The Phantom Rest Stop
The funny thing about Faeryland, or the Otherworld if you prefer, is that you do not always know it when you see it. I've been reading lately about descriptions of people's spontaneous, physical trips to the Otherworld, and wondered if I have had any experiences that could be interpreted that way.
In searching my memory, I recalled my two drives cross-country in 1993. It was a there-and-back-again trip, with a few months out of state in between. Both drives were along the same route.
The trip out saw me driving my old 280 ZX, so heavily loaded it rode only an inch or two above the ground. I drove accompanied by a friend's cat, Pippi, who was returning to said friend after a stint staying with relatives.
The first day out went uneventfully enough, although Pippi had decided that the motel was our new home, and was most unhappy the next morning when I forced her to leave it.
It was a beautiful day, and I was enjoying the scenery as we crossed the mountains. As we neared the apex, the road grew so steep I had to downshift to fourth gear. My car protested this decision the shift was rough and I was suddenly very worried about my transmission.
Sweat broke out on my forehead, but I did not panic. I grabbed the map from the passenger seat, quickly figured out where I was and cursed once with feeling when the map indicated no rest stop for about 100 miles.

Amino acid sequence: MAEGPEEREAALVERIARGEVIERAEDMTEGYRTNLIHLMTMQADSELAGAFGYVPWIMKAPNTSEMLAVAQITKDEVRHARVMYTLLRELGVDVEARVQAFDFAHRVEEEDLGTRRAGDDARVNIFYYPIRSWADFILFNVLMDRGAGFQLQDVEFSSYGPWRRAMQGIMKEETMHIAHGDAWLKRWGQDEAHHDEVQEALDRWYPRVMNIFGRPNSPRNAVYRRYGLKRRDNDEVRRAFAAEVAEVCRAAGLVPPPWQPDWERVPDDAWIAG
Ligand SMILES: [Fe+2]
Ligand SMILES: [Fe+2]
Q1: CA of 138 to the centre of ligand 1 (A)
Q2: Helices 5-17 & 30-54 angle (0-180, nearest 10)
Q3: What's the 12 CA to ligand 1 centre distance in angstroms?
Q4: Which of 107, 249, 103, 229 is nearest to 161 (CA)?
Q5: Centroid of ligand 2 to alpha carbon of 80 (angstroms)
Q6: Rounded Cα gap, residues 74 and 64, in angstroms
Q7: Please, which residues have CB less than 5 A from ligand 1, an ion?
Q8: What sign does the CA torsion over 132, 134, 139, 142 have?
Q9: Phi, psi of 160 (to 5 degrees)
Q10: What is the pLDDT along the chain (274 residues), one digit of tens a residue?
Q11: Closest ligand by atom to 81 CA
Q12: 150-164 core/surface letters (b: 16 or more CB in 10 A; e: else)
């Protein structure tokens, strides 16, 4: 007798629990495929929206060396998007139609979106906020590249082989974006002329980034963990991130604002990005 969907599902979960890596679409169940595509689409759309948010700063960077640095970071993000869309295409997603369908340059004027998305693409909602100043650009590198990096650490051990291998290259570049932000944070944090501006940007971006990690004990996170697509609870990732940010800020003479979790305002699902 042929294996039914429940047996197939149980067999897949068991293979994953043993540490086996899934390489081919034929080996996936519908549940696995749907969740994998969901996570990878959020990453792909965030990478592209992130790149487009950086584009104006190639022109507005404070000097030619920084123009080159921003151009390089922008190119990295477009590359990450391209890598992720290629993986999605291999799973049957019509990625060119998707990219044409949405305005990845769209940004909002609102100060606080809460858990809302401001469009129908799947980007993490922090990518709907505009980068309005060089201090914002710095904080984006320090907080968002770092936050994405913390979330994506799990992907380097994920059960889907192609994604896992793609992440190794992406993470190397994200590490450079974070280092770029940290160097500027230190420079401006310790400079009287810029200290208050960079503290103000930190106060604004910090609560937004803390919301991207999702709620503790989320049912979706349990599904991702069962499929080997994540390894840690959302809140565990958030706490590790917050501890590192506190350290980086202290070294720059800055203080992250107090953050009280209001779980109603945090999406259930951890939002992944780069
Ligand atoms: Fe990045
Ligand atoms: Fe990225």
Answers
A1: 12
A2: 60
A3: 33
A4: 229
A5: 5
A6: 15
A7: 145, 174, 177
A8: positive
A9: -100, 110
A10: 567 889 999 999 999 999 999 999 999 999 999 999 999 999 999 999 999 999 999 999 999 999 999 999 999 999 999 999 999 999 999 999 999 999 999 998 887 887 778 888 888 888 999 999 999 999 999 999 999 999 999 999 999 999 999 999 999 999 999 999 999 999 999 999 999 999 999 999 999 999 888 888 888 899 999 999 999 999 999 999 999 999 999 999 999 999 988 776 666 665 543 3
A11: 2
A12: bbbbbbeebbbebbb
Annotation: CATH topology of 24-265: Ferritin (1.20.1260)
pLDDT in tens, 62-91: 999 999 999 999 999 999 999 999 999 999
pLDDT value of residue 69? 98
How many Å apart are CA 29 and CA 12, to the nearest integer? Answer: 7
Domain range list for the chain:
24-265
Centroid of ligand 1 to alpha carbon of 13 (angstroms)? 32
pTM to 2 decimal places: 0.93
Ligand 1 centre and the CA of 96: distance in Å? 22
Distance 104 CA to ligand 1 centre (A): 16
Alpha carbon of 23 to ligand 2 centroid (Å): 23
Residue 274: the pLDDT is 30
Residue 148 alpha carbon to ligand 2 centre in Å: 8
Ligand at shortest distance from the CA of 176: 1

I had to slow my breathing at that discovery. I was afraid to try shifting, which meant staying in fourth gear. I was looking at driving this way for more than two hours. That seemed like a very long time.
The road was almost empty, so I was able to coast down the mountains most of the way without much interference. Good thing, too I was stressed and anxious enough without the interference of others. About forty minutes later I was coming down out of the mountains.
The sun was only an hour or so away from setting, and Pippi was snoozing away without a care. I would periodically reach over and pet her in an attempt to keep my stress at a manageable level. I would alternate cooing to her that everything was going to be all right, mostly trying to convince myself, with pleading for help to anyone who would listen.
Apparently someone did.